Colin had a tough bus ride home yesterday. One of his the things he does to help cope with the autism in his brain is talk to himself. He’s reviewing what he said to hear it again, make sure it was right, practice for the future. As you and I both know, though, people who aren’t careful when they talk to themselves (alone in the car, maybe?) have a tough time on the school bus.
Colin knows that he does this — which is either a blessing or a curse. Now it’s up to him to learn and control when it’s okay and when it’s not.
So here’s a poem in honor of Colin today. It’s about junior high band — one place where he really shines without having to work too hard at it.
And if you are a prayer warrior, will you lift up Colin today? He has to ride the stinkin’ bus every day.
The Junior High Band Concert
When our semi-conductor
Raised his baton, we sat there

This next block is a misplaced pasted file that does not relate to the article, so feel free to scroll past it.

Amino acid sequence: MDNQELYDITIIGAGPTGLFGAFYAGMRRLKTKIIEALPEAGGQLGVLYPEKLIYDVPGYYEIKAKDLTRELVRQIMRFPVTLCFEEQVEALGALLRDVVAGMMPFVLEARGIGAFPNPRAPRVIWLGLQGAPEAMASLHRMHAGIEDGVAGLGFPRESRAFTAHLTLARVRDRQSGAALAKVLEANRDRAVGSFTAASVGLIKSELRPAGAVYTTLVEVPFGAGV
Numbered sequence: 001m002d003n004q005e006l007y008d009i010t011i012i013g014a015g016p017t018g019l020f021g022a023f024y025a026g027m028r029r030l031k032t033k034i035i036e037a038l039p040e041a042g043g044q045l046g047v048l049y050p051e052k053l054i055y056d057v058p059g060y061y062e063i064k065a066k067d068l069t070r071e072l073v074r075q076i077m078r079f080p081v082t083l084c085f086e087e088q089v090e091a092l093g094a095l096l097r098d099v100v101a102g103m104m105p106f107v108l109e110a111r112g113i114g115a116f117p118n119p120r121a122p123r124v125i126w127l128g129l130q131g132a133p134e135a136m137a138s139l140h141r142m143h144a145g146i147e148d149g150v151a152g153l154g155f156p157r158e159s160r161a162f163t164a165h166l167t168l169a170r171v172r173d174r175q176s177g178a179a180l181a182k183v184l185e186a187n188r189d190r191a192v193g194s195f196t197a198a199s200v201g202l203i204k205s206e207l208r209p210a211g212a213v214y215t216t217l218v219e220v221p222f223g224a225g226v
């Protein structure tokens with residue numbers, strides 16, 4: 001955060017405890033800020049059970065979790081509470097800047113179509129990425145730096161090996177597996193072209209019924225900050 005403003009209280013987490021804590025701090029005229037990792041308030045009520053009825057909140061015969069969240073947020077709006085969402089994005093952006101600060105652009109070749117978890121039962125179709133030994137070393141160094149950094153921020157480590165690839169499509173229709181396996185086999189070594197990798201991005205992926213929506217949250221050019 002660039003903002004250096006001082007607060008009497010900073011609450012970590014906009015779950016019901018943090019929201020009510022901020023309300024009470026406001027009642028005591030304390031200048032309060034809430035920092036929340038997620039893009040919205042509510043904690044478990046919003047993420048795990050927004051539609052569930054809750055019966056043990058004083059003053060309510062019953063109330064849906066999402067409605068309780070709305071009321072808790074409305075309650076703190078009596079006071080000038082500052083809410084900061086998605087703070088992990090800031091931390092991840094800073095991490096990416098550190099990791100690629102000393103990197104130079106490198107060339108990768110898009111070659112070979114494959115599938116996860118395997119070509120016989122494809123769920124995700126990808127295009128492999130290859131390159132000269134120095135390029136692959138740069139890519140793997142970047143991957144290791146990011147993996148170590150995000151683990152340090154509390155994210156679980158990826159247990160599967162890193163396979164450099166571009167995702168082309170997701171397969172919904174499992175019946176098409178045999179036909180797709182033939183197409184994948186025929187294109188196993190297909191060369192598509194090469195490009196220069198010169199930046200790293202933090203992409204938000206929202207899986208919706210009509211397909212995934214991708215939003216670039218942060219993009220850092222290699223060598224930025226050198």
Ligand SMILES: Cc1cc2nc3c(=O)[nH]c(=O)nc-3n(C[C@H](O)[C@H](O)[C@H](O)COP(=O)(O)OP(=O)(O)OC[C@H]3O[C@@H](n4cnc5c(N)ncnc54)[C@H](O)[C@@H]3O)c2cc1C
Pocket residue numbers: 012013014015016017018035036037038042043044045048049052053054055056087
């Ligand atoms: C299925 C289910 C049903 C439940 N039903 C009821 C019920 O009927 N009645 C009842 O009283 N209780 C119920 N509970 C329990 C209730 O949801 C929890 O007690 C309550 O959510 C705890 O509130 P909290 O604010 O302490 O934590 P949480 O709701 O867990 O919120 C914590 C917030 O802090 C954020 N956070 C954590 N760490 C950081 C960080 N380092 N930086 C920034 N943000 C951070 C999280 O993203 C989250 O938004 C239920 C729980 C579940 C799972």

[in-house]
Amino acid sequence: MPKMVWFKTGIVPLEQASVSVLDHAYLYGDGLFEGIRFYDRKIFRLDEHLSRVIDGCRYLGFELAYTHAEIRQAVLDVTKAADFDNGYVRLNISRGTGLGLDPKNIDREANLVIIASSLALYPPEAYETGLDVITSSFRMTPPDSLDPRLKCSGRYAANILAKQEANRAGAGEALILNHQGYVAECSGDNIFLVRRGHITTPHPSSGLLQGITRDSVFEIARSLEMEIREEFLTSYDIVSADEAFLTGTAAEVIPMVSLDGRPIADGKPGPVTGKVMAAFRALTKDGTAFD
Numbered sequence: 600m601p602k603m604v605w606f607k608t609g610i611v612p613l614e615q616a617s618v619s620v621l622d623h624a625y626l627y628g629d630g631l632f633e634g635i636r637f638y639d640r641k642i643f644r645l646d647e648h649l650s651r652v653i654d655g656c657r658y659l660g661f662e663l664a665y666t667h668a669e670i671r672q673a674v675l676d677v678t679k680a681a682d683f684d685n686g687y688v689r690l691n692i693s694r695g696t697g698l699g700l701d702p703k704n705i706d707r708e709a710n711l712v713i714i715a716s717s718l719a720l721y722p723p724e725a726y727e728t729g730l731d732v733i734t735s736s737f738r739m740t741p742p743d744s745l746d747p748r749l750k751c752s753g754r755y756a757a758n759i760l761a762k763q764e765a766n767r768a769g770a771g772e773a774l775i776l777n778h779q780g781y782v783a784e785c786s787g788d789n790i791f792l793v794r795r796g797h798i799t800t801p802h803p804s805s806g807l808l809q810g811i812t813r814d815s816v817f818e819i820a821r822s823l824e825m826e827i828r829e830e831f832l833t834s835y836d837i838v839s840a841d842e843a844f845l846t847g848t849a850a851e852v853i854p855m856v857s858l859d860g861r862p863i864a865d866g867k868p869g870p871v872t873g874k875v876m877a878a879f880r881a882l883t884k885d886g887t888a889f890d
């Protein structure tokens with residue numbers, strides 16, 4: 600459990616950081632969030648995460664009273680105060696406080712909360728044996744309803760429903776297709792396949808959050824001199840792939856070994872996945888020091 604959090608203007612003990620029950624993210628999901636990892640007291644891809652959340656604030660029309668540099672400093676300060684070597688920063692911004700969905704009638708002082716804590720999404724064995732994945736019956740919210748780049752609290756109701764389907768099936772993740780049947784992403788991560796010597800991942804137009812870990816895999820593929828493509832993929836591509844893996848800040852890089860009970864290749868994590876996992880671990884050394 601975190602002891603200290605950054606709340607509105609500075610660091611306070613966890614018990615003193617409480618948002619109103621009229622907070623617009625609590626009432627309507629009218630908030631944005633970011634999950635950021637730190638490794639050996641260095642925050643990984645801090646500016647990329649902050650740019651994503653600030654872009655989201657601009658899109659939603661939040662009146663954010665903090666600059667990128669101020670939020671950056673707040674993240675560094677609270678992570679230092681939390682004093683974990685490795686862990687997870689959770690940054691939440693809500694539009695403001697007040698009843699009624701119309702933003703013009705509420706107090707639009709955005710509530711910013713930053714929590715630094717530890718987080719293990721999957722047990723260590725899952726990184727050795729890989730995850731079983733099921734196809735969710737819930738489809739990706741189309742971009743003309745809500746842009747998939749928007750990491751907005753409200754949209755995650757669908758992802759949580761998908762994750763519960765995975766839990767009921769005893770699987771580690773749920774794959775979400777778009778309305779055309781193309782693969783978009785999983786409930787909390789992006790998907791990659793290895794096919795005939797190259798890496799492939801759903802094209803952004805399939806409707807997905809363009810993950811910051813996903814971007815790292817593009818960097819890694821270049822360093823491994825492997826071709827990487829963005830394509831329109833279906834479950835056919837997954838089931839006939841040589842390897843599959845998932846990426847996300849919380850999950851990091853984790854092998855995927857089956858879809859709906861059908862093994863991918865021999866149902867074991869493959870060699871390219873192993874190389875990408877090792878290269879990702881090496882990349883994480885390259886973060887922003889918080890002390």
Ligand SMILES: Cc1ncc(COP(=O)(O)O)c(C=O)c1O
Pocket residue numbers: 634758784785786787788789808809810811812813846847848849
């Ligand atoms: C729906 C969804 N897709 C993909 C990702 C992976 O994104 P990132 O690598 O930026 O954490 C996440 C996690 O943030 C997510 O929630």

Gaping at Marche Militaire,
Our mouth-opening number.
It seemed faintly familiar
(We'd rehearsed it all that winter),
But we attacked in such a blur,
No army anywhere
On its stomach or all fours
Could have squeezed through our crossfire.
I played cornet, seventh chair,
Out of seven, my embouchure
A glorified Bronx cheer
Through that three-keyed keyhole stopper
And neighborhood window-slammer
Where mildew fought for air
At every exhausted corner,
My fingering still unsure
After scaling it for a year
Except on the spit-valve lever.
Each straight-faced mother and father
Retested his moral fiber
Against our traps and slurs
And the inadvertent whickers
Paradiddled by our snares,
And when the brass bulled forth
A blare fit to horn over
Jericho two bars sooner
Than Joshua's harsh measures,
They still had the nerve to stare.
By the last lost chord, our director
Looked older and soberer.
No doubt, in his mind's ear
Some band somewhere
In some music of some Sphere
Was striking a note as pure
As the wishes of Franz Schubert,
But meanwhile here we were:
A lesson in everything minor,
Decomposing our first composer.